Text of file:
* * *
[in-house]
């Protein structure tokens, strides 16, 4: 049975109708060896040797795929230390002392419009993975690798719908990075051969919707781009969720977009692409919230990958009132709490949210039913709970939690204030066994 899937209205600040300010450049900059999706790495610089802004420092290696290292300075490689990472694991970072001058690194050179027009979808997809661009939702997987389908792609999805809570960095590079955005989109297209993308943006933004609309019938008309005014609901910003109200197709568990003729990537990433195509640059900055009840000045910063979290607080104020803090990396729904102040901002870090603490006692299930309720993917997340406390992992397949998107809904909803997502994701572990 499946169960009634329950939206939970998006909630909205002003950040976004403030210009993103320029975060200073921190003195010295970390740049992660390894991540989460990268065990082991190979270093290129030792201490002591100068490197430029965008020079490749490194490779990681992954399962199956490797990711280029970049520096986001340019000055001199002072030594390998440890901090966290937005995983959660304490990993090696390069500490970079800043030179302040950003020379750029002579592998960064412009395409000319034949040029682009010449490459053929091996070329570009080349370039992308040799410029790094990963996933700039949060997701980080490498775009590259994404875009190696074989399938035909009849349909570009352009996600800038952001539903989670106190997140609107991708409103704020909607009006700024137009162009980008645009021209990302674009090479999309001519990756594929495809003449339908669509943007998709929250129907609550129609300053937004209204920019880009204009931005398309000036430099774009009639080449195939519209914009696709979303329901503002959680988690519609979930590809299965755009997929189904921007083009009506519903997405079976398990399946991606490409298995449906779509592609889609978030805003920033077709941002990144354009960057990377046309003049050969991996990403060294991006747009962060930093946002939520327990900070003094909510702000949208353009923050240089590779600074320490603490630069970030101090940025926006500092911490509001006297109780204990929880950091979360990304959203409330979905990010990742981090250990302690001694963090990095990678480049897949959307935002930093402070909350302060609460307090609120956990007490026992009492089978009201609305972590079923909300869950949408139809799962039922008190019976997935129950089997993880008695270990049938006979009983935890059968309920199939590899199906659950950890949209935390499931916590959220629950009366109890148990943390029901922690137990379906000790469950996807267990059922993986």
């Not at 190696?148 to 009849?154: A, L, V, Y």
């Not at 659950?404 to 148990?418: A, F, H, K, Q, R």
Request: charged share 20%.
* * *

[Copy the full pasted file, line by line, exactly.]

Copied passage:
[in-house]
């Protein structure tokens, strides 16, 4: 049975109708060896040797795929230390002392419009993975690798719908990075051969919707781009969720977009692409919230990958009132709490949210039913709970939690204030066994 899937209205600040300010450049900059999706790495610089802004420092290696290292300075490689990472694991970072001058690194050179027009979808997809661009939702997987389908792609999805809570960095590079955005989109297209993308943006933004609309019938008309005014609901910003109200197709568990003729990537990433195509640059900055009840000045910063979290607080104020803090990396729904102040901002870090603490006692299930309720993917997340406390992992397949998107809904909803997502994701572990 499946169960009634329950939206939970998006909630909205002003950040976004403030210009993103320029975060200073921190003195010295970390740049992660390894991540989460990268065990082991190979270093290129030792201490002591100068490197430029965008020079490749490194490779990681992954399962199956490797990711280029970049520096986001340019000055001199002072030594390998440890901090966290937005995983959660304490990993090696390069500490970079800043030179302040950003020379750029002579592998960064412009395409000319034949040029682009010449490459053929091996070329570009080349370039992308040799410029790094990963996933700039949060997701980080490498775009590259994404875009190696074989399938035909009849349909570009352009996600800038952001539903989670106190997140609107991708409103704020909607009006700024137009162009980008645009021209990302674009090479999309001519990756594929495809003449339908669509943007998709929250129907609550129609300053937004209204920019880009204009931005398309000036430099774009009639080449195939519209914009696709979303329901503002959680988690519609979930590809299965755009997929189904921007083009009506519903997405079976398990399946991606490409298995449906779509592609889609978030805003920033077709941002990144354009960057990377046309003049050969991996990403060294991006747009962060930093946002939520327990900070003094909510702000949208353009923050240089590779600074320490603490630069970030101090940025926006500092911490509001006297109780204990929880950091979360990304959203409330979905990010990742981090250990302690001694963090990095990678480049897949959307935002930093402070909350302060609460307090609120956990007490026992009492089978009201609305972590079923909300869950949408139809799962039922008190019976997935129950089997993880008695270990049938006979009983935890059968309920199939590899199906659950950890949209935390499931916590959220629950009366109890148990943390029901922690137990379906000790469950996807267990059922993986």
């Not at 190696?148 to 009849?154: A, L, V, Y």
């Not at 659950?404 to 148990?418: A, F, H, K, Q, R």
Request: charged share 20%.